Watch the recording of Revealing the Past: Goucher College Hallowed Ground Project. 

  • Play Video

    Revealing the Past: Goucher College Hallowed Ground Project

  • MS 2865, Baltimore County Chattel Records, 1785, Maryland Center for History and Culture

  • The names and ages of 13 individuals who were purchased in 1785 by the first owner of Epsom Plantation, John Robert Holliday

In 2021, Special Collections & Archives added a harmful language disclaimer to the data fields of The Donnybrook Fair, the college yearbook, in the Goucher College Digital Library, stating, “The materials in this manuscript collection may contain offensive images, writings, and negative stereotypes. Today, Goucher College condemns these representations. The Goucher College Library includes the materials in an unedited format to maintain the historical accuracy of the collection.” Special Collections & Archives staff also removed a historic photograph from a digital exhibit due to its harmful ethnic language.

Land Acknowledgement and Process Paper

In 2022, Goucher College began the process of creating a land acknowledgement statement that was composed in dialogue with and in response to the words and perspectives of members from the Susquehannock peoples, the Piscataway Indian Nation, Piscataway Conoy Tribe, and the Choptico Band of the Piscataway. This statement recognizes those who had a kinship with the land before colonization and the unintentional and intentional harms of those encounters. It also recognizes the wisdom of today’s Indigenous Elders and tribal members. The land acknowledgement statement is considered an important step in establishing and mending relationships with Indigenous peoples.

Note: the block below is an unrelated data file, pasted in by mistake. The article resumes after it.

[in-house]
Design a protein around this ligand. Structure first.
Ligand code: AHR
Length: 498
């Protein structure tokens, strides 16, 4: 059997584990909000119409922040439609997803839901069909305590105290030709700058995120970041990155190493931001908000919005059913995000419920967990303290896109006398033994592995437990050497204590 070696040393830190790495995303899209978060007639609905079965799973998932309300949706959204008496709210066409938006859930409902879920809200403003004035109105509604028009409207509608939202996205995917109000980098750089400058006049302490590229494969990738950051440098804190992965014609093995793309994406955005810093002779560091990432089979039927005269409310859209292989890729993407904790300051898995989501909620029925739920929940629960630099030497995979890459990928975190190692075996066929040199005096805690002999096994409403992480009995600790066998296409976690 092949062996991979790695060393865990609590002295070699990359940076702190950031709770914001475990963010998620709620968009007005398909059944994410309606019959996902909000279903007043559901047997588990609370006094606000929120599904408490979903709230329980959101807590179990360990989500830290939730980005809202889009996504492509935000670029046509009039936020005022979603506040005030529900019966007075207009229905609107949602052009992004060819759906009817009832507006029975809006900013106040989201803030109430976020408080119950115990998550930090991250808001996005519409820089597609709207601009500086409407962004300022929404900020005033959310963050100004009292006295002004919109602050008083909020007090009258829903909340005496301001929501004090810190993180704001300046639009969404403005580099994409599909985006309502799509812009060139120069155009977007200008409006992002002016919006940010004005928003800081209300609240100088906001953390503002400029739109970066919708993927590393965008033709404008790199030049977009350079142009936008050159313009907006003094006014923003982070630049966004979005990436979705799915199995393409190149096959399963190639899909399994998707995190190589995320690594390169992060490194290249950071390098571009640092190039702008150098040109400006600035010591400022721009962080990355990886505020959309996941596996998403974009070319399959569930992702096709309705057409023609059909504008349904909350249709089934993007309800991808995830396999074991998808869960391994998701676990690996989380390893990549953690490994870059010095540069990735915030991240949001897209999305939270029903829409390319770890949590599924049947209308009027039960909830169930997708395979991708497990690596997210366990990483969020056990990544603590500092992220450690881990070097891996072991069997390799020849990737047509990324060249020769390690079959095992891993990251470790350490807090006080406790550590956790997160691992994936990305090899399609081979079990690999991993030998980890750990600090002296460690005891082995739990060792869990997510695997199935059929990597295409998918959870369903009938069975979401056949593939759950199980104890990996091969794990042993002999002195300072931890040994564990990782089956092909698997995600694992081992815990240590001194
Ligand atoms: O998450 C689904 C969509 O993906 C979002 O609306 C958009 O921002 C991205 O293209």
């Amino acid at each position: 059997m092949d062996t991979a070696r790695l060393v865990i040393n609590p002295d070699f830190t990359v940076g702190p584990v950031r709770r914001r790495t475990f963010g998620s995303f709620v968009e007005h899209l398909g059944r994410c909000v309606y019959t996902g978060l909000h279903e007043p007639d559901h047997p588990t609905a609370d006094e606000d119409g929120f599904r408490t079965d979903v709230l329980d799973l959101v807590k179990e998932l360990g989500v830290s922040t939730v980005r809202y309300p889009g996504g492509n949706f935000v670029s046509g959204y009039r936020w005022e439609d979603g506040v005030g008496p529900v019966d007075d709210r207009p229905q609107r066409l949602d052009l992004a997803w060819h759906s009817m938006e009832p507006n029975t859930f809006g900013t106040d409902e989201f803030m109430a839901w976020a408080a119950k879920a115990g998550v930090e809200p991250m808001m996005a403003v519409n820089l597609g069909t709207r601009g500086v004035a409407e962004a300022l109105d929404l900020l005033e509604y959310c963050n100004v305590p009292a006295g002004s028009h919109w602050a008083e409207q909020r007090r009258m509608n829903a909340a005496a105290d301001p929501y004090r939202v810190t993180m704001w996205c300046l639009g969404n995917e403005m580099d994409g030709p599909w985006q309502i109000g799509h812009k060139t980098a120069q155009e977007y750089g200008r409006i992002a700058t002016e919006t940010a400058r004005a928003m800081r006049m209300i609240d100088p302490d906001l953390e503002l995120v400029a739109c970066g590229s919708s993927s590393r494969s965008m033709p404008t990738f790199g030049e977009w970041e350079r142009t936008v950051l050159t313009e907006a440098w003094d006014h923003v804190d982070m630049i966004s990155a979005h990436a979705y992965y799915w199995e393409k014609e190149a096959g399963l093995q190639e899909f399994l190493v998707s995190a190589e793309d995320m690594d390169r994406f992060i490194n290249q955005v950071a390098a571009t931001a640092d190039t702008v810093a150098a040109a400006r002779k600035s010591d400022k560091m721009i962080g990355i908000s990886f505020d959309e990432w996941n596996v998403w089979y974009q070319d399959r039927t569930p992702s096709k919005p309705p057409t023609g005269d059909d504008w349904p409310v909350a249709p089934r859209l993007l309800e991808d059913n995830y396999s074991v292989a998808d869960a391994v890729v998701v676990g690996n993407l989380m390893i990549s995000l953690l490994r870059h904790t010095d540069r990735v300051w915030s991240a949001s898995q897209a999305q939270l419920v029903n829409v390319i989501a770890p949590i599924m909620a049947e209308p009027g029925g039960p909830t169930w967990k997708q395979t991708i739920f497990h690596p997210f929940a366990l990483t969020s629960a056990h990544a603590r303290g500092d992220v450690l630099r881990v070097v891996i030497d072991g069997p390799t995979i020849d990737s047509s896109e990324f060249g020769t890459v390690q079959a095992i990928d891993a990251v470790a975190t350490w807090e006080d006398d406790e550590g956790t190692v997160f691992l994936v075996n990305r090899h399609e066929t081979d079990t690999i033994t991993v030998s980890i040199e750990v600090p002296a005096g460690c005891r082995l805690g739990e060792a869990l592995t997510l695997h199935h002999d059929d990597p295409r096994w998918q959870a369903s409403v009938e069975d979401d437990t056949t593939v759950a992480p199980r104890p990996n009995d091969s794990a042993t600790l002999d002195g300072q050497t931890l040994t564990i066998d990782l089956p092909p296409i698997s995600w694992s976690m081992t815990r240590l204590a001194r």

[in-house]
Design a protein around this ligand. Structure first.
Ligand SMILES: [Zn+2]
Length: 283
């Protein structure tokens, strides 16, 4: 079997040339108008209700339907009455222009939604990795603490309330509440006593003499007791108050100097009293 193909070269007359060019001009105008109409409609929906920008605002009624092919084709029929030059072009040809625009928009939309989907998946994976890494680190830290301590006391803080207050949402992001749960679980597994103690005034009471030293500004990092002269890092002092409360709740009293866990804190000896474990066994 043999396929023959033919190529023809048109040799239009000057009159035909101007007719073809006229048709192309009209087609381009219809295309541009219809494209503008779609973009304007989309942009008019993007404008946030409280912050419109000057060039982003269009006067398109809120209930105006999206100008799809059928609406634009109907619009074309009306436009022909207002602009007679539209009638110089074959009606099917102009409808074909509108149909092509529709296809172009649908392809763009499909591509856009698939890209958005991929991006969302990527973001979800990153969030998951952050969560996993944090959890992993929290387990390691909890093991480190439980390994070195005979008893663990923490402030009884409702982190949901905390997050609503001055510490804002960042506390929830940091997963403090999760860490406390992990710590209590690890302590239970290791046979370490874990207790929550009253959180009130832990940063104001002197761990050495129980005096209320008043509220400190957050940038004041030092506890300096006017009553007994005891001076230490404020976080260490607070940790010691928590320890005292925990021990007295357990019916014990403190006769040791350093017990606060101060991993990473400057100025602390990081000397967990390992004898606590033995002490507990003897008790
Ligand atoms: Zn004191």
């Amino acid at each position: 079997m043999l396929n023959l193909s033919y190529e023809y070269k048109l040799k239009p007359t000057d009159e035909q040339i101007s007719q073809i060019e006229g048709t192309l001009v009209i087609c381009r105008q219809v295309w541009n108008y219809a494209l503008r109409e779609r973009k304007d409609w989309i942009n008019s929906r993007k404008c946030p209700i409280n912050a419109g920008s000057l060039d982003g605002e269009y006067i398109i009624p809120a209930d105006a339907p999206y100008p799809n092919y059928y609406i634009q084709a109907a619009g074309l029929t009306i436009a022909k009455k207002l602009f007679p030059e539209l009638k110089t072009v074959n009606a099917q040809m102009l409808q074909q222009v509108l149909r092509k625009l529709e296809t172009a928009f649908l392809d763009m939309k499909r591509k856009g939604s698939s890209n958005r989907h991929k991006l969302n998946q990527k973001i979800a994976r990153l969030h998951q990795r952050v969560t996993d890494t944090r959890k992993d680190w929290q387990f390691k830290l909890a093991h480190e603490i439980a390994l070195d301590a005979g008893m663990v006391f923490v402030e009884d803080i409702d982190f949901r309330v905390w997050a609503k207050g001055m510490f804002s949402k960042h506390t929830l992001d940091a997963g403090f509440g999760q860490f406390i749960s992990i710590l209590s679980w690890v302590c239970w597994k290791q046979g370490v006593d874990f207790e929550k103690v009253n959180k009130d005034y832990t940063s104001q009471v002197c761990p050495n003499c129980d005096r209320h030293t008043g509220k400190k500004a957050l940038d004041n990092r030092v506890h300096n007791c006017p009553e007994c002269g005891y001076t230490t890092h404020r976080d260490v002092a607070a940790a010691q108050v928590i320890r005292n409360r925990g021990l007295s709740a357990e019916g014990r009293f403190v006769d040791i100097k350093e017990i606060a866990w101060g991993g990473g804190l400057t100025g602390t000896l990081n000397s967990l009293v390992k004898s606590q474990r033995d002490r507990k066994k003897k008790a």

The land acknowledgement was written after numerous hours of consultations with Indigenous elders and members. Each word was specifically chosen based on those conversations.

A process paper was also created to inform the public how and why this statement was written.

Read the land acknowledgement and process paper.

Next Steps

We will continue to encourage faculty from multiple disciplines to foster related student research. Goucher College Library Special Collections & Archives will feature an exhibit about the process of creating a land acknowledgement in the academic year 2023-24, debuting in Fall 2023. Public programming will be planned throughout the academic year, some with local Indigenous peoples. Other initiatives include a labor acknowledgement and conducting more archival and genealogical research. The goals are to find more individuals of those enslaved on Epsom Plantation, learn their stories, and connect to their Descendants. Multi-stage memorialization on campus with the input from the Descendant community and Goucher community members is also being planned. We are connecting with our Maryland higher education counterparts to share our learning nationally. This project is currently led by Debbie Harner.


A research website for the Hallowed Ground Project is currently being developed. For updates about the project, please join our mailing list.